Each trellis took two cans of Rustoleum Painter’s Touch spray paint.  Quick, easy and no painstakingly rolling or brushing all of those sides.  The tops also begged for a bit of oomph, so I bought garden stakes, whirly gigs and mini gazing balls and attached them.  These improvements are not necessary, and of course bump up the cost a bit.

DIY Trellis, Wood Trellis, Obelisk Trellis

Here the pole beans are already making themselves at home!

DIY Trellis, Wood Trellis, Obelisk Trellis

This is the first look at my completed veggie garden for 2014.  I am loving it!

DIY Trellis, Wood Trellis, Obelisk Trellis

If you decide to make one, let me know!


  1. LOVE! Now come to my house and make some for me 😉

  2. Very fun. I can see them painted and adorned to look like lighthouses too.

  3. this is soooo cool! I’m actually growing pumpkins and melons this year, a trellis like the ones you made would be perfect! Thanks for the whole tutorial!

  4. Thanks so much.ive been wanting something like this and hated spending hundreds of dollars on it.

  5. Shannon M says:

    I will for sure make one of these. I will buy 2x2s instead of ripping a 2×4. Thanks for posting and instructions. I am in the middle of making a garden on a budget, and I need a trellis, but don’t want to fork over a fortune for something or use something that looks hideous! This looks awesome!!!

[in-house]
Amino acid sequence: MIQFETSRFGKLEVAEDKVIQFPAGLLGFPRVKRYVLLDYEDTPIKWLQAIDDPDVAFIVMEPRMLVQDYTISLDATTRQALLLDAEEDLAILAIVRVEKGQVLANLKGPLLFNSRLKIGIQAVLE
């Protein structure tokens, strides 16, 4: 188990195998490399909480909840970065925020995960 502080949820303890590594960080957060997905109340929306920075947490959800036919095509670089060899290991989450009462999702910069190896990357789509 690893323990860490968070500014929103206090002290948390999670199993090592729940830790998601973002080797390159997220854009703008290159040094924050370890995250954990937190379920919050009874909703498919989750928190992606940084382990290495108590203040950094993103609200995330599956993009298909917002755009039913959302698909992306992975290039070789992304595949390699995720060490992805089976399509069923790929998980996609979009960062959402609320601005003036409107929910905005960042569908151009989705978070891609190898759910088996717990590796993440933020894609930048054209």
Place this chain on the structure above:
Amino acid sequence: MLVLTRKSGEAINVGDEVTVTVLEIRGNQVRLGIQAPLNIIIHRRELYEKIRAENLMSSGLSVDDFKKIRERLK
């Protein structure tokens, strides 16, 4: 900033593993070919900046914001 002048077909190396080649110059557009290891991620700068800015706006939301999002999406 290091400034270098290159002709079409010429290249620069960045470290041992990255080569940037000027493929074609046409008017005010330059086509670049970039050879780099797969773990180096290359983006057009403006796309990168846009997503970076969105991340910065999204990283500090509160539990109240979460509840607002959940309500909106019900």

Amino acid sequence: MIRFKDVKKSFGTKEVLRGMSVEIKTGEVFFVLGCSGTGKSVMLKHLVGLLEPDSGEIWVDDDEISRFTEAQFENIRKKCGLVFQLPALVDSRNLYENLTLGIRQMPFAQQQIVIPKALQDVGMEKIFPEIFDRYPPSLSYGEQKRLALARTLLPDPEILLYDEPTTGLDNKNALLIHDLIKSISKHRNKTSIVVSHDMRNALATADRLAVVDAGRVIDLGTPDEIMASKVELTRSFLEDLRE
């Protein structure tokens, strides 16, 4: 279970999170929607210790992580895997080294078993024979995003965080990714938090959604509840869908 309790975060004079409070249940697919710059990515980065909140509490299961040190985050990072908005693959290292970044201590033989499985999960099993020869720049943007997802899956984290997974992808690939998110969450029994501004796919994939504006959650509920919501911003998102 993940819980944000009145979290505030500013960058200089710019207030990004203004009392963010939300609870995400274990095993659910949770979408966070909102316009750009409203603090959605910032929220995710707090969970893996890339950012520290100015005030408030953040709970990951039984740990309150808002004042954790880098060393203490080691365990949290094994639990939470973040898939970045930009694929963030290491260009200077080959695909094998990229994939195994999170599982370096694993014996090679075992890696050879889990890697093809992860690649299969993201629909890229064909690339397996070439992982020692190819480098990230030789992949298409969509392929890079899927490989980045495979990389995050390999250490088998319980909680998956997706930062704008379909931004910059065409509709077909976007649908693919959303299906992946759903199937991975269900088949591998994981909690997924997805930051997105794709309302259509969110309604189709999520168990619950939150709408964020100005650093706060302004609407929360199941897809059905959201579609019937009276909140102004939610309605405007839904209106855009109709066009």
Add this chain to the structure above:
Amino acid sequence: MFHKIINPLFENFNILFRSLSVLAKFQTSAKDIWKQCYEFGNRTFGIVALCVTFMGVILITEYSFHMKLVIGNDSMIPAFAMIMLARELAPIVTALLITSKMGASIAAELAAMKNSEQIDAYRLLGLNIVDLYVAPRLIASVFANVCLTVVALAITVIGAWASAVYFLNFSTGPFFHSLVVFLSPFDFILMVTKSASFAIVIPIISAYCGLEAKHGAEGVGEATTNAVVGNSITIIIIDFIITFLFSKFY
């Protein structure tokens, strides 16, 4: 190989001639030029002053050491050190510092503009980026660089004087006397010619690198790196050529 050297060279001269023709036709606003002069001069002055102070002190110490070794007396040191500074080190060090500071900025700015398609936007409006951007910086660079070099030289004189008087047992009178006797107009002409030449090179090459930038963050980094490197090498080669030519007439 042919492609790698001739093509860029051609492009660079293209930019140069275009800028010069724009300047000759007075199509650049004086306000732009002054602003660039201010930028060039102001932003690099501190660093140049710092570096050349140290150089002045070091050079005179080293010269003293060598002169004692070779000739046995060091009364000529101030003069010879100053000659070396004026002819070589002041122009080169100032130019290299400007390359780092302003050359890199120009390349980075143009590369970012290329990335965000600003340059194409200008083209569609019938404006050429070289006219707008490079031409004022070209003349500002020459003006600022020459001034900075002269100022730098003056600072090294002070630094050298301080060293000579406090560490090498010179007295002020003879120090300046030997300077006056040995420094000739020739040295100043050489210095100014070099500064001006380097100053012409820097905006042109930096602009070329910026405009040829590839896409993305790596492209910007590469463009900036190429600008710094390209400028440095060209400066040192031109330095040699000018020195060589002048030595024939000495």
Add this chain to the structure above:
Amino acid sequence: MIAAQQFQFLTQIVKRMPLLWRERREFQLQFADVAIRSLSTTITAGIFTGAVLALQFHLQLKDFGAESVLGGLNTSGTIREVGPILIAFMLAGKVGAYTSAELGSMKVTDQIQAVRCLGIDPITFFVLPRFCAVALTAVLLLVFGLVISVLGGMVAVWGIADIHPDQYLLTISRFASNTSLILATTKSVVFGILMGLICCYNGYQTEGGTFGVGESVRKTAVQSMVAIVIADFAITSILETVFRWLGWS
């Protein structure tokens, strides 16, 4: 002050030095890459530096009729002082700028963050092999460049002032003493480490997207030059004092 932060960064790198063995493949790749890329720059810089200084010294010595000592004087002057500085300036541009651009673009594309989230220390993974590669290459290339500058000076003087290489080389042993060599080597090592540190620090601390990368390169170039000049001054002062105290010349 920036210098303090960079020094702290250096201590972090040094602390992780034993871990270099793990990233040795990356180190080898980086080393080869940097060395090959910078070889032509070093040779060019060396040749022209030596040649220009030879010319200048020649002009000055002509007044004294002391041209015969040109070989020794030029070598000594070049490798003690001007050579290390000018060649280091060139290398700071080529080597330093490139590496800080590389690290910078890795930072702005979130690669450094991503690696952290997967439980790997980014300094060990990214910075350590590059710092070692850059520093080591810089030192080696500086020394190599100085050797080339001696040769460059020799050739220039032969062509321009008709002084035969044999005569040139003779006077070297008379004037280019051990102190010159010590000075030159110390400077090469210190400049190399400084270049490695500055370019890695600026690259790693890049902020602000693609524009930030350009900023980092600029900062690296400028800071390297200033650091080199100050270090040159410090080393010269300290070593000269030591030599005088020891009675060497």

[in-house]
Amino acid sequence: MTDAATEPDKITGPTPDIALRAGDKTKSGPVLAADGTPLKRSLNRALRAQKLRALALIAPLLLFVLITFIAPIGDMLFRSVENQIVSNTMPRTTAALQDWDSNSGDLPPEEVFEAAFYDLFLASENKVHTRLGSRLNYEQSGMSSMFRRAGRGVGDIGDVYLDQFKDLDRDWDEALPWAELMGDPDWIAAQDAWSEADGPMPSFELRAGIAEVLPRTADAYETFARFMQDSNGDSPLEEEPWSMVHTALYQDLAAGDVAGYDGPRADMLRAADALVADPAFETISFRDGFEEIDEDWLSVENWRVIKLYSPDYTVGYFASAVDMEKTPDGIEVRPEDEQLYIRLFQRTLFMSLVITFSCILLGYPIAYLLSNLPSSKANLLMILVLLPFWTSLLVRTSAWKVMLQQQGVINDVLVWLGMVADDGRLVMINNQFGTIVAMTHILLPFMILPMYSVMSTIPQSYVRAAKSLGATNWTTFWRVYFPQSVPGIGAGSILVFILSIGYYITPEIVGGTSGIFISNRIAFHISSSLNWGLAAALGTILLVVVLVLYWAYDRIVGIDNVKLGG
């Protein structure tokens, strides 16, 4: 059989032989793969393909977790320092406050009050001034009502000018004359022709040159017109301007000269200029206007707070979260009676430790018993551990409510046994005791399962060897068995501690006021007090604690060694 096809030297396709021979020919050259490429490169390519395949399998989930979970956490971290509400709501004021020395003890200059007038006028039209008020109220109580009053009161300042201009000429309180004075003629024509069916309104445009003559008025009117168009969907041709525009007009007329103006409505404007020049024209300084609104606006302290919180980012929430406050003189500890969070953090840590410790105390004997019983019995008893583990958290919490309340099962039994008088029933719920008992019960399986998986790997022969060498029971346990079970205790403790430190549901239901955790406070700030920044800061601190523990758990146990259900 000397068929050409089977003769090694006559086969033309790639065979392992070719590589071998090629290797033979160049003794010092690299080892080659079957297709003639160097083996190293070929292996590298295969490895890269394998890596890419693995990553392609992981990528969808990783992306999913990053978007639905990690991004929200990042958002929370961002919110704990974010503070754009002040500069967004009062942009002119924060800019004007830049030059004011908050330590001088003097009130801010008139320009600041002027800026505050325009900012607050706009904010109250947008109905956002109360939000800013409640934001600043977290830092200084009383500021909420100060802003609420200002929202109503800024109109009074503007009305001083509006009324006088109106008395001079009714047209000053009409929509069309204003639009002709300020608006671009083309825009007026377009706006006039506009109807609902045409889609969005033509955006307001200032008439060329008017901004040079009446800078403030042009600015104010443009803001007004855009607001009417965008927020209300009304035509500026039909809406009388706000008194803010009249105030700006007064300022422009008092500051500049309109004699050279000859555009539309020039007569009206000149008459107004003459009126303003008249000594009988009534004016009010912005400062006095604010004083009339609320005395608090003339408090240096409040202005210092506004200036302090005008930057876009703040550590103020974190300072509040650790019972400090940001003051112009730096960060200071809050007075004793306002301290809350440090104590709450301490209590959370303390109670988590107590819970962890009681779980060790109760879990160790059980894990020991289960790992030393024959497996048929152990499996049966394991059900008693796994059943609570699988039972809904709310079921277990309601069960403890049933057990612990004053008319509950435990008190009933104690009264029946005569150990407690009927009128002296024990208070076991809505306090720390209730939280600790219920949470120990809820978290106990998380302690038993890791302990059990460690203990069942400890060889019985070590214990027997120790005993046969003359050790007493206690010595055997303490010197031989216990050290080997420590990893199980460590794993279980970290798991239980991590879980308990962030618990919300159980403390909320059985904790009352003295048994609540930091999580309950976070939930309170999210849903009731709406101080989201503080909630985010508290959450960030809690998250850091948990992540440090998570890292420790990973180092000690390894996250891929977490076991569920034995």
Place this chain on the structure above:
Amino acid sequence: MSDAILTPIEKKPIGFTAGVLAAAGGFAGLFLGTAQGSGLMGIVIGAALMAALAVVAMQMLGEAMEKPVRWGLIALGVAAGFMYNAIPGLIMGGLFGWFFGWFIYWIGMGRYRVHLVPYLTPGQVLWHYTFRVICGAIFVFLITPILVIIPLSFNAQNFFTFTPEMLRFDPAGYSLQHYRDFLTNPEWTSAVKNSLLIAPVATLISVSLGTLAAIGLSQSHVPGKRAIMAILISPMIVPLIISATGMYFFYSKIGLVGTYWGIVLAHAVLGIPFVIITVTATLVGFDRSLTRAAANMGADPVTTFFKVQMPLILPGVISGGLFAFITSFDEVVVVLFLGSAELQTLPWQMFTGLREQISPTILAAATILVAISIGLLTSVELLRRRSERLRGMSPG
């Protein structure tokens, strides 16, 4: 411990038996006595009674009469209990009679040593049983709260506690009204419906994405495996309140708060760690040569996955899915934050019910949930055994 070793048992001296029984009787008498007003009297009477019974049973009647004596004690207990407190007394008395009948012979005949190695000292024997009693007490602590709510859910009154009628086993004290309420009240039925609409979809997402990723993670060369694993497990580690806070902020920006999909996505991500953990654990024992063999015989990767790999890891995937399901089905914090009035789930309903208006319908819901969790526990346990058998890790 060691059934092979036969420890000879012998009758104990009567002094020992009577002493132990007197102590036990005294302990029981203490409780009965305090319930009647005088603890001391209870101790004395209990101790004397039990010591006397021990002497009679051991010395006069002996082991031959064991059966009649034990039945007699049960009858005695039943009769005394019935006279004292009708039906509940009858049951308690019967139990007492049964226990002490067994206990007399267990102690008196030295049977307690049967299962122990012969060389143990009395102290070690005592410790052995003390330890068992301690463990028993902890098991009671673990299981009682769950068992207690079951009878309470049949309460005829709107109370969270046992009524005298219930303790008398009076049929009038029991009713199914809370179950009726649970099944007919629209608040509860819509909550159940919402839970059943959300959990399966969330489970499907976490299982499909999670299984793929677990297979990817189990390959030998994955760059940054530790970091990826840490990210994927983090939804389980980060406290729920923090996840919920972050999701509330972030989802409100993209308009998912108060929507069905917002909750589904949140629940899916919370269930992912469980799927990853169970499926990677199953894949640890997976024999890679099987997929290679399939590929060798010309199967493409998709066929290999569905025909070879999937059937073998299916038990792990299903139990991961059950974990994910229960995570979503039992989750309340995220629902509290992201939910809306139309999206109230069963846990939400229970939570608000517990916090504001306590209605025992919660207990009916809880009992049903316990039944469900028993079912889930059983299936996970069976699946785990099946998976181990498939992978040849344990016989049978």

6. These are lovely! We’re planning on making 2 or 3 for tomatoes and cucumbers. I was wondering if you found the spacing of the supports to work well or in retrospect, would you change anything. Also, did you find them to be sufficiently sturdy to support the weight or should they be “grounded” or secured at the base in some way (might they be in danger of falling over?) ? Thanks for posting these beauties and for considering my questions.

    • For cucumbers they worked great, as well as green beans. If using for tomatoes I might add another rung in between each one. I later did add a stake to the footer on two of the four legs, opposite corners. They actually were fabulous! They even stayed in the same place all winter. They need a quick cleaning if it ever actually starts to get warm here in NY and then they will be good to go for another round!

  7. Oliveroblong says:

    This is SUCH a great tutorial! Thank you.
    Your trellises are very cool.
    [Just some feedback too: that share button on your page is obnoxious….btw]

  8. I LOVE Your trellis handy work good for you they are gorgeous!♡

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  10. You have made this look totally doable! Thanks for the instructions, I love them all painted up in different colors!

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  13. FYI Still a great tutorial! I am making this in a weekend for my cucumbers. For anyone who doesn’t have a table saw, Home Depot will cut these pieces for you in Lumber if you but it from them.

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  17. Fantastic idea for supporting tall plants and adding to backyard decor! Thanks for posting. My husband is going to teach me how to use tools ; these will be great projects to learn on. I can hardly wait to get started.

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  19. Reggie Tarr says:

    How do you secure the bases to the ground to keep them from toppling over in storms?

  20. Chris Thomas says:

    I need a 3 foot obelisk for red runner beans. If I adjust the measurements will this work? Was not sure if you chose 22 inches because the obelisk fits nicely onto a row or because anything larger would not be sturdy. Your advice is much appreciated. These are fun and perfect for the garden.